Professor, Molecular and Microbiology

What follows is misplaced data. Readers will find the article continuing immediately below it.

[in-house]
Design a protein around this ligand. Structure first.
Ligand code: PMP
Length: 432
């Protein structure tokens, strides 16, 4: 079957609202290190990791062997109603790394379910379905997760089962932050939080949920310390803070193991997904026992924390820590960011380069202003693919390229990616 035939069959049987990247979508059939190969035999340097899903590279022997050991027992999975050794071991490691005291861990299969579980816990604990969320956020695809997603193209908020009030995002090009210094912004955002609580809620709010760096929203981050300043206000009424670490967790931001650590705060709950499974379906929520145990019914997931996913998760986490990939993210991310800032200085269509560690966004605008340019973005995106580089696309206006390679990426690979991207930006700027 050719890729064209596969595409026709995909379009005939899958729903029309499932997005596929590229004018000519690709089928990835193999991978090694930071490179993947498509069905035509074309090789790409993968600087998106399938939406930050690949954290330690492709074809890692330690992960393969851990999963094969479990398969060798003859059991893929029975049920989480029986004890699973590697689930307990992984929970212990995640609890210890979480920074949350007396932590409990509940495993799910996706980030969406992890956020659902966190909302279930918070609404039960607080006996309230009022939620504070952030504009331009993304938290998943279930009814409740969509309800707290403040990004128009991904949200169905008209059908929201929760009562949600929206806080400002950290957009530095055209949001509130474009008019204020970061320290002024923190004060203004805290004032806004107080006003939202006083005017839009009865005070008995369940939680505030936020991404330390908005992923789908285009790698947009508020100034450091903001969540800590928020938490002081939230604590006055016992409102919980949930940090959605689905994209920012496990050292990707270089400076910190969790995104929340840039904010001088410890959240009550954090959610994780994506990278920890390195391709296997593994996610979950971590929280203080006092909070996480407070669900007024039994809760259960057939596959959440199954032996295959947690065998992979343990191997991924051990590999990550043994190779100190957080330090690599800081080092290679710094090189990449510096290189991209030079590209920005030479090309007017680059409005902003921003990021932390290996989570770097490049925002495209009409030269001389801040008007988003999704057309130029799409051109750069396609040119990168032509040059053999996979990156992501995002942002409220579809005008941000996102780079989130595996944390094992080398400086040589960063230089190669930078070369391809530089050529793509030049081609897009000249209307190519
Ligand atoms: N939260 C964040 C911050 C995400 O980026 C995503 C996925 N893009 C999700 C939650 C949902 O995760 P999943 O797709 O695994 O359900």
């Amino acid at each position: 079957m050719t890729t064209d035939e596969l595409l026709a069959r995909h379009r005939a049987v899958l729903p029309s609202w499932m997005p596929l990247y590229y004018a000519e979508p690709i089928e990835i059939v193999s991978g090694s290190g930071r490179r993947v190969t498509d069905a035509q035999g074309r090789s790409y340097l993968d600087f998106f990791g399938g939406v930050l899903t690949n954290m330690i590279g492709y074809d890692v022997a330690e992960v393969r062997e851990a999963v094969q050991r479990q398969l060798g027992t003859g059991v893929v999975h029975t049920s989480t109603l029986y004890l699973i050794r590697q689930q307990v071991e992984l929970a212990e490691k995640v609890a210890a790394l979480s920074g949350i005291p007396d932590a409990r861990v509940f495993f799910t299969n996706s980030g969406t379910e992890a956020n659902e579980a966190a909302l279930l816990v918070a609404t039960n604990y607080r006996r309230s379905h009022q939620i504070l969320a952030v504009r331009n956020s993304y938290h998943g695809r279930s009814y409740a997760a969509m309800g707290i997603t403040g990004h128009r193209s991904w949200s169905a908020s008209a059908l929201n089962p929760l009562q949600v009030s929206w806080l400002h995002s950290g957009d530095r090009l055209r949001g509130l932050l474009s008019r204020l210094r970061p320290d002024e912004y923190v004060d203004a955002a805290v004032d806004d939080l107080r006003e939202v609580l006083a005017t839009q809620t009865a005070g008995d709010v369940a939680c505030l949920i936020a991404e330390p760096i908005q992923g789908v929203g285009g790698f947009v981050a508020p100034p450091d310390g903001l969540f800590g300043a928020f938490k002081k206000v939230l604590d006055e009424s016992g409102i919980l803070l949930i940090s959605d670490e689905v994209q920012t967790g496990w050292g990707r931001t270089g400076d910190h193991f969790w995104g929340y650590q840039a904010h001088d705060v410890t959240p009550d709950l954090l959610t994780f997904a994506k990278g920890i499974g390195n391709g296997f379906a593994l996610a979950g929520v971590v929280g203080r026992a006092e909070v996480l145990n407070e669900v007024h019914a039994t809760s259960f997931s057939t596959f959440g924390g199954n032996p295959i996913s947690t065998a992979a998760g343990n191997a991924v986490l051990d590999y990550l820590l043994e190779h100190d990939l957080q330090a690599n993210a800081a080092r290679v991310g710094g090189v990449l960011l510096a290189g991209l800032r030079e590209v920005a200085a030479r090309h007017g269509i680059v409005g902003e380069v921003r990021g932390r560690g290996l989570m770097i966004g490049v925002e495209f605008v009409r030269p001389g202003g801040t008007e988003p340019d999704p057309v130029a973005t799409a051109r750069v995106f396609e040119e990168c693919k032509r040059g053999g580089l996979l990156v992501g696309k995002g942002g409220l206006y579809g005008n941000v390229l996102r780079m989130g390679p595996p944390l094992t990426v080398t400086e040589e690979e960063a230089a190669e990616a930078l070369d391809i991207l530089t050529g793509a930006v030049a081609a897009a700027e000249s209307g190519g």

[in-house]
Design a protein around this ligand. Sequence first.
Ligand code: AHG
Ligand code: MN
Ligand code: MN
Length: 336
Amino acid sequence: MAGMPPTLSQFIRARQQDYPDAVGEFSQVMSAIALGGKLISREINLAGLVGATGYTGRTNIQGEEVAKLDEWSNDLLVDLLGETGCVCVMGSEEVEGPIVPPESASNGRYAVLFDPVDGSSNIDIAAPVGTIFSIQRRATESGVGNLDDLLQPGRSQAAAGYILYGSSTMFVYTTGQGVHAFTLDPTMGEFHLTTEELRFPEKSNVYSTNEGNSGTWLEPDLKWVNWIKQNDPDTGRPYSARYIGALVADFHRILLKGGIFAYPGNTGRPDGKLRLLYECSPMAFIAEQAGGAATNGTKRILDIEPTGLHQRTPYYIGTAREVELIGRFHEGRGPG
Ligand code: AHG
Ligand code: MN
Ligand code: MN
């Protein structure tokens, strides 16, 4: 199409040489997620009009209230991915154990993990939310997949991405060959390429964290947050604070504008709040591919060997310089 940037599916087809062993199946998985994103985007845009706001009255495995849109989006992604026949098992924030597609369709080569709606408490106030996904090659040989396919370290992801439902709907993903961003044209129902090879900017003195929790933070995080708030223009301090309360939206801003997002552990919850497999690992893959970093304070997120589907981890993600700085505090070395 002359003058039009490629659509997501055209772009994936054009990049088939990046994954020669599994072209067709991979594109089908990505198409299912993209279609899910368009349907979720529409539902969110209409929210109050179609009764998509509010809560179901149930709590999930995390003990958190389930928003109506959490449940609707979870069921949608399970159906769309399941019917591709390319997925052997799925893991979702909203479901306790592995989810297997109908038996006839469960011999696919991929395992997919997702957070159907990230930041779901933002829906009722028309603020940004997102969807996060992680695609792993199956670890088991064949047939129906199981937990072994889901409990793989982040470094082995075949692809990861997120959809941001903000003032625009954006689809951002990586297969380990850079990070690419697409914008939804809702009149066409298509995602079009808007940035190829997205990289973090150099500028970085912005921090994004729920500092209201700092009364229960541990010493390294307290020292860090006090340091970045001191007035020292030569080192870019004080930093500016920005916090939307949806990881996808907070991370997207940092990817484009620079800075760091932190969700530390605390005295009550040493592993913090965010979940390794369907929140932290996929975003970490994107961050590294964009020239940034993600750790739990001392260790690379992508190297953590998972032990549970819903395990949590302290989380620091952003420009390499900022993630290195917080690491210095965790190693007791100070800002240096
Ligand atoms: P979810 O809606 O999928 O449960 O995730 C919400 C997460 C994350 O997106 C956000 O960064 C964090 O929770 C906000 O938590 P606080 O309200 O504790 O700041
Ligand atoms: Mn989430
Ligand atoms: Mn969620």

Wu, assistant professor in the College of Science’s Molecular and Microbiology Department, has spent the last six years decoding the molecular processes of the AIDS virus. AIDS, a devastating disease that is caused by the human immunodeficiency virus (HIV), affected more than 33 million people worldwide in 2007, according to World Health Organization statistics. A widely published researcher whose work has appeared in prestigious scientific journals such as Science, Journal of Virology, Virology, Retrovirology and Current HIV Research, Wu believes that a solution to the AIDS epidemic is possible. The 2009 NYCDC AIDS Ride (http://nycdc.org), which takes place in September, will support the next stage of Dr. Wu's research which has the potential to stop the HIV virus from becoming AIDS. Wu earned a doctorate in virology in 1998 from Queens University in Kingston, Ontario, Canada, after spending four years studying the DNA replication of the baculovirus family — a group of viruses that are fatal to insects and are often used for nonchemical pest control. He subsequently served for four years as a research fellow at the National Institutes of Health (NIH) where he began examining HIV infection in humans prior to joining Mason’s faculty in 2003. Wu has been the recipient of many awards and honors including the 2007 "Tomorrow's PIs" by Genome Technology Magazine, the 2006 Siemens Mentor Award by the Siemens Foundation, and the 2003 NIH Fellows Award for Research Excellence by NIH. His research interests include HIV infection of resting CD4 T cells and lentiviral vector development for targeting HIV infection.
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